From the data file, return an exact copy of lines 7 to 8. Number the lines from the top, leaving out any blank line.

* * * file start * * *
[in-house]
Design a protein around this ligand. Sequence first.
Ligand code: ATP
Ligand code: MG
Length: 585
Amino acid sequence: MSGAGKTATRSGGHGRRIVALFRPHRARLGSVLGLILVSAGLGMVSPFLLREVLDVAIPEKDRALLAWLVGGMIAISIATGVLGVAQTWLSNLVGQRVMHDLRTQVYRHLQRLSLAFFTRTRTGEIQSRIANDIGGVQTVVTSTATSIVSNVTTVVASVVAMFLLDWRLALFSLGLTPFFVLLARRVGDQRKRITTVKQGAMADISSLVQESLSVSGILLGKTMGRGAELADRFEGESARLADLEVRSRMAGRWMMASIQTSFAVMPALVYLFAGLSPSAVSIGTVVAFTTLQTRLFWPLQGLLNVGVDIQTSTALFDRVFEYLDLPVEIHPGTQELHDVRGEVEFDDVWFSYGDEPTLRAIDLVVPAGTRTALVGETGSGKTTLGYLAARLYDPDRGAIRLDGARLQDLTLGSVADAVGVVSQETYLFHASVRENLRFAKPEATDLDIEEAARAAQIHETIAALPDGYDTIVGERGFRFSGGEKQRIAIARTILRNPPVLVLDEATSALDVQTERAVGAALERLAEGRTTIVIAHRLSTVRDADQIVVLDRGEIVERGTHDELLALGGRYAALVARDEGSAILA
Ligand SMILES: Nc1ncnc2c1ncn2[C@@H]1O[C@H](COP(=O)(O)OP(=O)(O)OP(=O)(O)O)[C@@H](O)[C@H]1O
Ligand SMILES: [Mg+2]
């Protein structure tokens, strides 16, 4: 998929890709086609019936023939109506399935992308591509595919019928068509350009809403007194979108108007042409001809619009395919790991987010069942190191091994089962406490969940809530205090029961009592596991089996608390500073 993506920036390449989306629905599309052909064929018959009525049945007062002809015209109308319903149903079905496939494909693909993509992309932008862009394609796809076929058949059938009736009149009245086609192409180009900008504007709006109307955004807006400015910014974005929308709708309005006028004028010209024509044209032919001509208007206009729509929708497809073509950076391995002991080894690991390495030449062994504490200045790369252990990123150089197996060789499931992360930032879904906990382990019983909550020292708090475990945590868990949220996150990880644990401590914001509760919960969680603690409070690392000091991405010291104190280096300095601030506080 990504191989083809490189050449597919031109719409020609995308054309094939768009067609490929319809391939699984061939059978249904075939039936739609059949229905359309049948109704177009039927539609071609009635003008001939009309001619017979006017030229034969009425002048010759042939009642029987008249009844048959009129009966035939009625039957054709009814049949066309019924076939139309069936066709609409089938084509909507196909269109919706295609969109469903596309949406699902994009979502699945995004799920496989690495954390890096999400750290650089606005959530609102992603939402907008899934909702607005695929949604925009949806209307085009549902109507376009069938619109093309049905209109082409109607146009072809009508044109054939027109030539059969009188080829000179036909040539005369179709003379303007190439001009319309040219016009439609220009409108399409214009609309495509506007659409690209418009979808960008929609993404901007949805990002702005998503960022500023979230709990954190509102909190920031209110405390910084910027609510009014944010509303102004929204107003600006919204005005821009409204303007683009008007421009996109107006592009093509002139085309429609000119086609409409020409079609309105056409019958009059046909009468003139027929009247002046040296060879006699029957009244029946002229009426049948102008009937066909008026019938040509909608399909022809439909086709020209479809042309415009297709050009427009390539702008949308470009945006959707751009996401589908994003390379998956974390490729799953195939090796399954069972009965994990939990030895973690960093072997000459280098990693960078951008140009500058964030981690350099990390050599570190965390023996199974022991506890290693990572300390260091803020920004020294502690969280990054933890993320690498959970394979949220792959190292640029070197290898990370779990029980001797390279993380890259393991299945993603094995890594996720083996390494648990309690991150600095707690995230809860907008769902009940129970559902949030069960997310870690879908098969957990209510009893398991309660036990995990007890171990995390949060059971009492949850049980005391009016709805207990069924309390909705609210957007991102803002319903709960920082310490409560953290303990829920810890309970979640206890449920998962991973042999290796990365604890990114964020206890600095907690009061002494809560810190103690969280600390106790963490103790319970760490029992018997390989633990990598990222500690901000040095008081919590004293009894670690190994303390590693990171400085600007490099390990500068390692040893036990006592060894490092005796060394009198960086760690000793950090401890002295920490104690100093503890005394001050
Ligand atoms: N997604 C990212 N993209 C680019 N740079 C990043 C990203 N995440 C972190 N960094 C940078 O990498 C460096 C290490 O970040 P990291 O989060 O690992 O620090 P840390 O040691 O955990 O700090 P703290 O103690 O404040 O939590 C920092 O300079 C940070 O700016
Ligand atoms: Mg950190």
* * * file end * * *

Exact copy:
Ligand SMILES: Nc1ncnc2c1ncn2[C@@H]1O[C@H](COP(=O)(O)OP(=O)(O)OP(=O)(O)O)[C@@H](O)[C@H]1O
Ligand SMILES: [Mg+2]